The Morning News: Monday, Dec. 12, 2011 | Sojourners

The Morning News: Monday, Dec. 12, 2011


THE NEW YORK TIMES: Class Matters. Why Won’t We Admit It?
No one seriously disputes the fact that students from disadvantaged households perform less well in school, on average, than their peers from more advantaged backgrounds. But rather than confront this fact of life head-on, our policy makers mistakenly continue to reason that, since they cannot change the backgrounds of students, they should focus on things they can control.
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HOUSTON CHRONICLE: Perry's Appeal To Evangelicals Catches Flak Over Ad
Gov. Rick Perry, appealing to evangelical voters as he works to recharge his campaign, had the air of a preacher Sunday as he told his life's story at the Point of Grace Church.
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NATIONAL JOURNAL: Obama: 'It Doesn't Really Matter' Who GOP Nominates
Defiantly proclaiming “it doesn’t really matter” who the Republicans nominate against him, President Obama declared that he is ready to take on either Newt Gingrich or Mitt Romney and ask voters to contrast his vision with that offered by the GOP nominee. In an at-times feisty interview with CBS’s “60 Minutes,” the president suggested there is little difference between the two front-runners for the nomination.
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SLATE: Heating Assistance Cut For Poor In Northeast
It’s hard to imagine a worse time to stop helping the poor pay their heating bills. Winter is getting under way in earnest, the economy is somewhere between extremely sluggish positive motion and the brink of global collapse.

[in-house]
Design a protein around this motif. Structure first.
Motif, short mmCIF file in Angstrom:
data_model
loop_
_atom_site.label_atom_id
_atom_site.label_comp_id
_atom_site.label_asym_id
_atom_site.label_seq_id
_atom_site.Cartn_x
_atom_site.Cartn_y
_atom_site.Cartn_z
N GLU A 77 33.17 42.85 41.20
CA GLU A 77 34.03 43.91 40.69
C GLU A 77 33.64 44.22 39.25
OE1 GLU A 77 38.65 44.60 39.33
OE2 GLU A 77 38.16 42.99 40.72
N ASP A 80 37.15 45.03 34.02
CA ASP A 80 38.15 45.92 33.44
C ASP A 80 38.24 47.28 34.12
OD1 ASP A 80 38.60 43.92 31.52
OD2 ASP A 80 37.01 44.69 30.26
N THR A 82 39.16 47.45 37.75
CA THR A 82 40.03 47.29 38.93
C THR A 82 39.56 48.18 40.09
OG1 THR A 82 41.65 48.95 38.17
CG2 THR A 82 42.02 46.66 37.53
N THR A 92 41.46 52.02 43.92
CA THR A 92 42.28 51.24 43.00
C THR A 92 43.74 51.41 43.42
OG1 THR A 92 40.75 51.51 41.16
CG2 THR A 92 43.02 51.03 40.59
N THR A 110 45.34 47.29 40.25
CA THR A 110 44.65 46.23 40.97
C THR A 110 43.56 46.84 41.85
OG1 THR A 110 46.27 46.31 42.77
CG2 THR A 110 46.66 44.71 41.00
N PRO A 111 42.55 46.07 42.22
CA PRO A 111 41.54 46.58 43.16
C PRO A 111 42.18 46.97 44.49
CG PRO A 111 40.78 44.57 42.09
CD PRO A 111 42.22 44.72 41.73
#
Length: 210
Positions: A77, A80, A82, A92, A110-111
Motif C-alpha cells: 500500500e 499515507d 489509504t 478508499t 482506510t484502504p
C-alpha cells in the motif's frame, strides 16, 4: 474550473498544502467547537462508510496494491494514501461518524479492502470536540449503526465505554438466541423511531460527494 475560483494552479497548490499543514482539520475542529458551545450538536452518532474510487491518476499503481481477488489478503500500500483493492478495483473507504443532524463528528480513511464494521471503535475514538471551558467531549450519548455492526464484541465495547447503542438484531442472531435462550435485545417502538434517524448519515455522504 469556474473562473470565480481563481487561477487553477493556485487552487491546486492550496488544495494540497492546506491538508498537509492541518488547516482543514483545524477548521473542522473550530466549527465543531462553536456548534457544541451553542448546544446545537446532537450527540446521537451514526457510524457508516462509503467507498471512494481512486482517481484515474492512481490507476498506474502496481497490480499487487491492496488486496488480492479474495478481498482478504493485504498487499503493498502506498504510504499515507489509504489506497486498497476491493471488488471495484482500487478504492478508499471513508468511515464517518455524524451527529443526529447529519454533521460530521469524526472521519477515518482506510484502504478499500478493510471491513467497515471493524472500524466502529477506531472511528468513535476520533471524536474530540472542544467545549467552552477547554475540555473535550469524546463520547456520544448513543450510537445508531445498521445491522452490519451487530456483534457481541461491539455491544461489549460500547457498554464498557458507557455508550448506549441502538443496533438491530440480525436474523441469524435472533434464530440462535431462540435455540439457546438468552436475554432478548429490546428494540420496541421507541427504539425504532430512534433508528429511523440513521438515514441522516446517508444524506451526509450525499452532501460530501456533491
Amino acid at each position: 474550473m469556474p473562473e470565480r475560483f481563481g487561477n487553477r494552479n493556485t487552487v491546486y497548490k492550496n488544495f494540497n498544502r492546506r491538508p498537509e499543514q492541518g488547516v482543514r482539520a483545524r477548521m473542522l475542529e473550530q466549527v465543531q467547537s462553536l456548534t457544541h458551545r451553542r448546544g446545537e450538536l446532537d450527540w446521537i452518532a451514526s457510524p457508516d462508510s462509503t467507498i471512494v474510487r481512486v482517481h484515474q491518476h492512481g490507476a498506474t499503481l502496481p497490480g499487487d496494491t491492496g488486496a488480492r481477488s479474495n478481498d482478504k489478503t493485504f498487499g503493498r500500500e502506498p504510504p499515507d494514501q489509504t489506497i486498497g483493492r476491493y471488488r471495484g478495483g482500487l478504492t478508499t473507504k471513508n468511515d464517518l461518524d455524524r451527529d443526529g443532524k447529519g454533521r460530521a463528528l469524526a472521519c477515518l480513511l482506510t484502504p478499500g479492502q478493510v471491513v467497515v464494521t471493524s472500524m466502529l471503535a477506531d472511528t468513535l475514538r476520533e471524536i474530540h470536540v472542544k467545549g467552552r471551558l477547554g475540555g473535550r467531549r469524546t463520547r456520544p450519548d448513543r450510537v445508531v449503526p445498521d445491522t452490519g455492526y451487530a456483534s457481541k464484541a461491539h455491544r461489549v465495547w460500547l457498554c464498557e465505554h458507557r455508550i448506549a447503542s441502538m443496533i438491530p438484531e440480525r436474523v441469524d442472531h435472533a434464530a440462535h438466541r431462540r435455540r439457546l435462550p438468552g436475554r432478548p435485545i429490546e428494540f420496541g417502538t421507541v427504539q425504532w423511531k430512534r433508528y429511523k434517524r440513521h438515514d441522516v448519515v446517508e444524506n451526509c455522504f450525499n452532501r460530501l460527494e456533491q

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FOX NEWS: Alabama Governor Admits Immigration Law Must Be Retooled
Adding his voice to a growing chorus of political leaders who have supported, but now express concerns about, Alabama's new hard-line immigration law, Gov. Robert Bentley said the measure needs retooling.
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IRISH TIMES: Iowa Evangelicals Play Kingmakers In Crucial Republican Presidential Caucus
Rarely has such a small minority played so important a role in the fate of a nation. Six hundred thousand registered Republicans will be eligible to vote in the January 3rd caucuses where, for the first time, US conservatives will say who they want to represent them in next year’s presidential election.
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IN THESE TIMES: Why Conservatives Can’t Fix Poverty
Newt Gingrich’s recent utterances about poor children–they “have no habits of working and have nobody around them who works”–reflect not only the inability of conservatives to talk seriously about poverty, but a mean-spiritedness that, unfortunately, largely eludes public scrutiny.
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